Legislature(1995 - 1996)

03/15/1995 01:09 PM JUD

Audio Topic
* first hearing in first committee of referral
+ teleconferenced
= bill was previously heard/scheduled
txt
 HJUD - 03/15/95                                                               
 HB 153 - BONDS FOR JUDGES                                                   
                                                                               
 Number 350                                                                    
                                                                               
 CHRIS CHRISTENSEN, General Counsel, Judicial Branch, Alaska Court             
 System, presented HB 153.  At the present time we have a 1959                 
 statute that provides that a district judge and magistrate shall              
 execute and file a surety bond, which the state will pay for.  The            
 purpose of the surety bond for government officials is to guarantee           
 that the judge or any other official will well and faithfully                 
 perform the duties of the office.  Unlike insurance, which only               
 provides coverage for negligent acts, the surety bond basically               
 protects the public in the event that a public official commits               
 intentional misconduct, as well as simple acts of negligence.  The            
 state law, written in 1959, required district judges and                      
 magistrates to provide a surety bond, but not Supreme Court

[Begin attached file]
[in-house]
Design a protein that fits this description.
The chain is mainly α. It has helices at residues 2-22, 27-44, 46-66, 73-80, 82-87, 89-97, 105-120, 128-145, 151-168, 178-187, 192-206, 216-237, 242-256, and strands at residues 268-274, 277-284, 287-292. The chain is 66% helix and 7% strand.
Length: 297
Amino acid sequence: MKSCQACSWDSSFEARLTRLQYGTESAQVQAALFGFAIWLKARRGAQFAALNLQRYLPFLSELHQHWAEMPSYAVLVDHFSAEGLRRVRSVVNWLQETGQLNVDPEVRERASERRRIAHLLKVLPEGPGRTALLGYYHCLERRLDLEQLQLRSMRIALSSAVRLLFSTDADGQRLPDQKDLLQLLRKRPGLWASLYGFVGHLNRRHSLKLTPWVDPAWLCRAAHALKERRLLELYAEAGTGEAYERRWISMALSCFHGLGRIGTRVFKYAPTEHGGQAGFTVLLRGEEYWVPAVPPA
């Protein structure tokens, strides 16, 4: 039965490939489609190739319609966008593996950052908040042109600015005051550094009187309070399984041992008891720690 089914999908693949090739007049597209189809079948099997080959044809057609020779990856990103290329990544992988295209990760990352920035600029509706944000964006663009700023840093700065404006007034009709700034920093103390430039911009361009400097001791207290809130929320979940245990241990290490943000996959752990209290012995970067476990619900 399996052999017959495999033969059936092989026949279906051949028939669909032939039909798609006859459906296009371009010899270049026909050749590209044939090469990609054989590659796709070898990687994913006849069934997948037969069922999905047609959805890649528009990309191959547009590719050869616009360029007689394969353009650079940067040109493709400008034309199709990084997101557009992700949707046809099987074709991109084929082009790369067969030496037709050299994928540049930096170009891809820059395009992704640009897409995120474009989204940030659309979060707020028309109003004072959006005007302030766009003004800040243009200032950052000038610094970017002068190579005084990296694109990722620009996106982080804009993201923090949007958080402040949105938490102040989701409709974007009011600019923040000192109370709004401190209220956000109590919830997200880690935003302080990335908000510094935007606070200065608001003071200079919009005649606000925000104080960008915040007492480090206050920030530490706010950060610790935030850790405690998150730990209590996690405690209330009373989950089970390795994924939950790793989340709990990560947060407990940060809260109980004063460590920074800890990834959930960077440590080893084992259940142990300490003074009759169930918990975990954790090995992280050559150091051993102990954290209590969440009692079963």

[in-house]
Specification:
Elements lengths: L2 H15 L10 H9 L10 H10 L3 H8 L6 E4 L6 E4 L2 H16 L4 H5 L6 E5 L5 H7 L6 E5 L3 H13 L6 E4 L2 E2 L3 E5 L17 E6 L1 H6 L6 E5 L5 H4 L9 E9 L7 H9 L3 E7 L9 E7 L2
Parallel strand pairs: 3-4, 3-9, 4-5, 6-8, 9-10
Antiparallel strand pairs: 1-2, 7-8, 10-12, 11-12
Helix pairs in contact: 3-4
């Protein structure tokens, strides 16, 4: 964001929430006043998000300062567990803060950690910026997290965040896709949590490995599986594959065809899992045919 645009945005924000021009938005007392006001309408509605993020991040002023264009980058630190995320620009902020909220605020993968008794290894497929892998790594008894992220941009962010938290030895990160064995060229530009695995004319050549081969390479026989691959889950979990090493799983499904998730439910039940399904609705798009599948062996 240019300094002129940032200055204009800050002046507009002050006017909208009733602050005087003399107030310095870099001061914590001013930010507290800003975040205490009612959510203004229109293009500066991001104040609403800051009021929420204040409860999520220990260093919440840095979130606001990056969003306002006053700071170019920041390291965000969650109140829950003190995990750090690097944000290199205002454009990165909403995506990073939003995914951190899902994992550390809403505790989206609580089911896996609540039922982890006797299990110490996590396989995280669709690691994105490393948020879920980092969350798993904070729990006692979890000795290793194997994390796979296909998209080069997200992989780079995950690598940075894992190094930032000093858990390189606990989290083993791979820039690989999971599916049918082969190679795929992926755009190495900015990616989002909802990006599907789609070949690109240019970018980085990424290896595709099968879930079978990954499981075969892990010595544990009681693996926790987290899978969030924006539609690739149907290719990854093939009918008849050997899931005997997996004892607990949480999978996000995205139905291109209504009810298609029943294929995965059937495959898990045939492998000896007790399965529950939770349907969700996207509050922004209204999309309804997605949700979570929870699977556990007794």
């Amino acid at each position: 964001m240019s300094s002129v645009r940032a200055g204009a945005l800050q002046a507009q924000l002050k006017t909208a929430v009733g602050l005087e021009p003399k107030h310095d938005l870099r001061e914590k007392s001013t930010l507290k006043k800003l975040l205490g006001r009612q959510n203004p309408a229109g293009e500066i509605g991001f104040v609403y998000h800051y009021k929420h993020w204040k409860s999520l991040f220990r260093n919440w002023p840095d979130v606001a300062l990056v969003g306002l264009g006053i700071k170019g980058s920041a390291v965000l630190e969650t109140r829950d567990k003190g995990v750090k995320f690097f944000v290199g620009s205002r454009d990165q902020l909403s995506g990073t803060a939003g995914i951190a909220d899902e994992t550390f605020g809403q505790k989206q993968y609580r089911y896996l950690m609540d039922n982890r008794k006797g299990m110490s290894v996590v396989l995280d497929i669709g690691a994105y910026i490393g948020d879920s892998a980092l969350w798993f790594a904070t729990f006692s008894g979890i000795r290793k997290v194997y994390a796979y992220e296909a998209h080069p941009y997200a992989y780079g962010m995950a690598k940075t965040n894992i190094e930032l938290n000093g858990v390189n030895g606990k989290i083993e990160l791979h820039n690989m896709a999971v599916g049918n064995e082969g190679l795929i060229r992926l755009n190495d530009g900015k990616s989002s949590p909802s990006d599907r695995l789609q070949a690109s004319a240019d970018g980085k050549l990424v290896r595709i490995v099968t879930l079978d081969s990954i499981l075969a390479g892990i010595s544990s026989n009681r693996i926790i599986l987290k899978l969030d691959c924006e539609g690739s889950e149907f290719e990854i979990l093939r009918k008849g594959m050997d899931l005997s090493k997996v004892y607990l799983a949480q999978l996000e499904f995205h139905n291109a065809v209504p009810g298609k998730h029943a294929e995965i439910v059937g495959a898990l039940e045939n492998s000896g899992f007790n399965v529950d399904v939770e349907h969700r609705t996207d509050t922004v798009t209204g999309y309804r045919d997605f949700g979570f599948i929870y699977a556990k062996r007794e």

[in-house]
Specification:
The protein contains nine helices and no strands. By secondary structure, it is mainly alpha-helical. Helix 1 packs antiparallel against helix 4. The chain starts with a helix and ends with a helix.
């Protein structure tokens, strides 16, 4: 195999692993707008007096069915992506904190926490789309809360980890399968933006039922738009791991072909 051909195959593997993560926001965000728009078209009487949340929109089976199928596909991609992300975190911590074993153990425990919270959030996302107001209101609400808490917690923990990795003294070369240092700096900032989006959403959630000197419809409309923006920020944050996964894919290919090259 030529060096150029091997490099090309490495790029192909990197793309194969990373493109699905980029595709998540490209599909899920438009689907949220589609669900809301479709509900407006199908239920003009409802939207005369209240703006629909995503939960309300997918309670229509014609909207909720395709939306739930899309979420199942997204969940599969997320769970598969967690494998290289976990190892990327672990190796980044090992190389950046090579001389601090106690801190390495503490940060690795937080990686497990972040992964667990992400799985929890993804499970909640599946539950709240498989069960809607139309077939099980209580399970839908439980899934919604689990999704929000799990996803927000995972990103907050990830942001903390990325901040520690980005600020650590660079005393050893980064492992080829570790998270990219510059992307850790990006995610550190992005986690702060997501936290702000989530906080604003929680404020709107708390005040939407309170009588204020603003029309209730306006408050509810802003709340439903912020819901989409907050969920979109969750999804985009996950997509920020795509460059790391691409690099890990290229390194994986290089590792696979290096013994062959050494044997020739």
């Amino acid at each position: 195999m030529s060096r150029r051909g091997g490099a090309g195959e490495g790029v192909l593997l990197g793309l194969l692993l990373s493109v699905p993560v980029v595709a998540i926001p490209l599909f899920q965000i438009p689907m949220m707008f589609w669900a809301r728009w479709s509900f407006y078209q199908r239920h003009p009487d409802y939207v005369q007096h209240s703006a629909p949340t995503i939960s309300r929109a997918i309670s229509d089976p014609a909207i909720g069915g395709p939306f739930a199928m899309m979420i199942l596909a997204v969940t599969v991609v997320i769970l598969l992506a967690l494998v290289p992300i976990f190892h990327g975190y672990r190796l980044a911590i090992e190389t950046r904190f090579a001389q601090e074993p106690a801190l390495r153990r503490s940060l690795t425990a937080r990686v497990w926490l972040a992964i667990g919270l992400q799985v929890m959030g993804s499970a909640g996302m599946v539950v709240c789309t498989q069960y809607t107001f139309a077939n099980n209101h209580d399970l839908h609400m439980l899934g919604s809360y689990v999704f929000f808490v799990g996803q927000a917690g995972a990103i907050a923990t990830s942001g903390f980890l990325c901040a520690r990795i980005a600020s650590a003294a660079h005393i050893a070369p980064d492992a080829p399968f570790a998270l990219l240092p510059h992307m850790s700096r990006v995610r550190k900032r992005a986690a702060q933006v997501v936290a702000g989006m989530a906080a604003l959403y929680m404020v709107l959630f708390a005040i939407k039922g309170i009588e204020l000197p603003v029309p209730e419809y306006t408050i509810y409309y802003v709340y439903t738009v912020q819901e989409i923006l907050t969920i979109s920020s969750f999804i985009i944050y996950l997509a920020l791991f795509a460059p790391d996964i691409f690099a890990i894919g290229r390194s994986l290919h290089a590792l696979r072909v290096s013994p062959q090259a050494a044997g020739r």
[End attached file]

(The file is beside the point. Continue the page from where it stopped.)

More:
Justices, or Superior Court Judges.  The court system discontinued            
 the practice of providing special bonds for these two classes of              
 judges about two decades ago, when the Division of Risk Management            
 and the Department of Administration began purchasing a blanket               
 bond to cover all state employees, including all judges, all                  
 legislators, all bureaucrats in all three branches.  At the present           
 time, Risk Management obtains a surety which provides about                   
 $20,000,000 worth of coverage per occurrence.  They have only had             
 one or two claims in the last 14 years, and those were for                    
 misconduct by state contractors, not for misconduct by state                  
 employees.  The premiums for this bond are very small, given the              
 coverage amounts, because of the lack of claims.  Because AS                  
 22.15.260 is obsolete, it does not reflect the way the state                  
 currently provides bonds for judges; HB 153 simply proposes its               
 repeal.  Some other statutes on the books date back to the same               
 subject for Executive Branch employees.  This bill does not touch             
 those, but they are handled basically the same way.                           
                                                                               
 REPRESENTATIVE BUNDE made a motion to move HB 153, with a zero                
 fiscal note and individual recommendations.  Hearing no objection,            
 HB 153 was passed from committee.                                             

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